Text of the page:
ARTS / FILM
Chinese documentary focuses on teens who escape poverty through baseball
Published: Nov 29, 2020 05:38 PM

One poster of Touch Out Photo: Courtesy of iQIYI



A Chinese documentary evoked tears and laughter from the audience at its premiere on Friday in Beijing with its story of a group of Chinese teenagers from poor families who change their fortunes by playing baseball.

While Touch Out has not yet enjoyed a wide release, it won Best Documentary at the FIRST International Film Festival earlier in 2020 and earned an 8.8/10 on China's major media review platform Douban after its  premiere on Friday.

Some Chinese celebrities, including well-known actress Zhou Xun, have noted that they enjoyed the movie. 

"These children's stories always touch me deeply. They can also shine," she said at a public benefit activity on Thursday.

The film focuses on a non-governmental baseball training base in Beijing, called Power Baseball, where more than 20 boys from impoverished families live and train together. 

Two of these teenagers, Ma Hu and Liang Zhengshuang, are at the center of the story. Ma's mother fled from her home in a rural village in Northwest China's Ningxia Hui Autonomous Region after giving birth to himwhile his father left to earn money far away. So he was raised by his grandmother.

In a shabby brick house where they live, Ma's grandmother recalled with tears that she did not even have enough money to buy clothes for the boy. Liang's youth was very similar to Ma's.

Fortunately, the two were recruited by Power Baseball, a public benefit project for poor children launched by Sun Lingfeng, former captain of the Chinese national baseball team.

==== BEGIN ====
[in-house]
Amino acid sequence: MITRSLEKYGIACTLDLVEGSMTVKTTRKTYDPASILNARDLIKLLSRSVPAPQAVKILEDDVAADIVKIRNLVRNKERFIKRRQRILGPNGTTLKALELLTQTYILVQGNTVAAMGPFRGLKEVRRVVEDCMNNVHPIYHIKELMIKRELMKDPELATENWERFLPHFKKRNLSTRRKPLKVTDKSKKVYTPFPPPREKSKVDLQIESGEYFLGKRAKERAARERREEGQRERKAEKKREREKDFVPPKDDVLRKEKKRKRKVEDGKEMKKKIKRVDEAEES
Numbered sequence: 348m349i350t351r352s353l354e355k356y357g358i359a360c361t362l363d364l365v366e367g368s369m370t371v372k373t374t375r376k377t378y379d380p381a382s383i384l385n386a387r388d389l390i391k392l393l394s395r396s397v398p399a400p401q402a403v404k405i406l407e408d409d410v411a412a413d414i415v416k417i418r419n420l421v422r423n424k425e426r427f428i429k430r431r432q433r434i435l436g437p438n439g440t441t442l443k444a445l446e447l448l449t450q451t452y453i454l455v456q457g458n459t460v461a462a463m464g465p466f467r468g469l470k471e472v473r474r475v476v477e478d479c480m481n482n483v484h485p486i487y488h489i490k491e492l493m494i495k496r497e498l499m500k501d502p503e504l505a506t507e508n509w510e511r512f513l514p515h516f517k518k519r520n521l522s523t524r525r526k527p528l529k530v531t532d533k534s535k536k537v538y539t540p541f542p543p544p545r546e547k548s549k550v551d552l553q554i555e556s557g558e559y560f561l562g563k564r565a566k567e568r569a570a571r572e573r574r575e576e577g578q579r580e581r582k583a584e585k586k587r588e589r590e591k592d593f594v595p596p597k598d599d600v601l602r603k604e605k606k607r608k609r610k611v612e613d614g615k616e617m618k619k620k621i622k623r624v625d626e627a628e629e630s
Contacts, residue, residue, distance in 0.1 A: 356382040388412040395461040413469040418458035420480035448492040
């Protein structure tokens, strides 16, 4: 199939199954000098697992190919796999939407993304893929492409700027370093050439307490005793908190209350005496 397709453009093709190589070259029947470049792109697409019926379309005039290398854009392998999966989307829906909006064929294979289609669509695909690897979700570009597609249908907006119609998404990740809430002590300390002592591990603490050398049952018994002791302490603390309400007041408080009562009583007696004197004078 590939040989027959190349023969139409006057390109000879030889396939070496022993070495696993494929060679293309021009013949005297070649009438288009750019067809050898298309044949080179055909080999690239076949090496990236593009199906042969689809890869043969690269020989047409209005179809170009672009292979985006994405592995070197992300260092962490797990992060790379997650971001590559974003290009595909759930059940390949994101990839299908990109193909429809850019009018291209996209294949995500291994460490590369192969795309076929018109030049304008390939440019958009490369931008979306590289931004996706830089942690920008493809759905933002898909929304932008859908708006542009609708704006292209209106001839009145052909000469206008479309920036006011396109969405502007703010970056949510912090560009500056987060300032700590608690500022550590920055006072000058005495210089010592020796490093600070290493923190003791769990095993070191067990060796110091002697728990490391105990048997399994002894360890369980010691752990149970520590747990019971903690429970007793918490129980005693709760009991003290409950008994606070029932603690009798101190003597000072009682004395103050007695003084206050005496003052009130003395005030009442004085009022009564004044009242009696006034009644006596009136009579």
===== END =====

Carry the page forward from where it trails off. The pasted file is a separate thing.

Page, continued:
These children's world expands beyond their village to other provinces around China and even other countries around the world. They train in Zhongshan, South China's Guangdong Province when the weather turns cold in Beijing and get a chance to compete with other teens after flying to the US as part of a sponsorship program.

They encounter problems in training and getting along with the other boys at the base, but they at least do not have to worry about food and clothing anymore. Their main concern quickly becomes how to improve their baseball skills and become professional players instead of where to find food or how to beat someone else in a street fight. 

Three teenagers from the base including Ma attended the premiere on Friday. Healthy and strong, they emphasized that they hope to become professional baseball players in the future.

The founder of the base said at the premiere that in addition to expanding the boys' team from 20 to 70 members, they are also recruiting members to build a girls' team at the base.

"We went to rural areas in Southwest China's Sichuan Province to find girls and then brought them to Beijing," Sun explained.

The documentary focuses on the growth of these teenagers, but some problems are also explored such as ensuring their basic education in Beijing, renovating the base and the difficulties encountered while trying to find an appropriate baseball training site in China.

Compared with soccer and basketball, baseball is still seen as a niche sport in China, which has caused troubles for finding funds to develop the base.

When visiting the baseball venues in the US, the young players were amazed by the money and love poured into the sport in the country. 

The movie is scheduled for wide release in the Chinese mainland on December 11.


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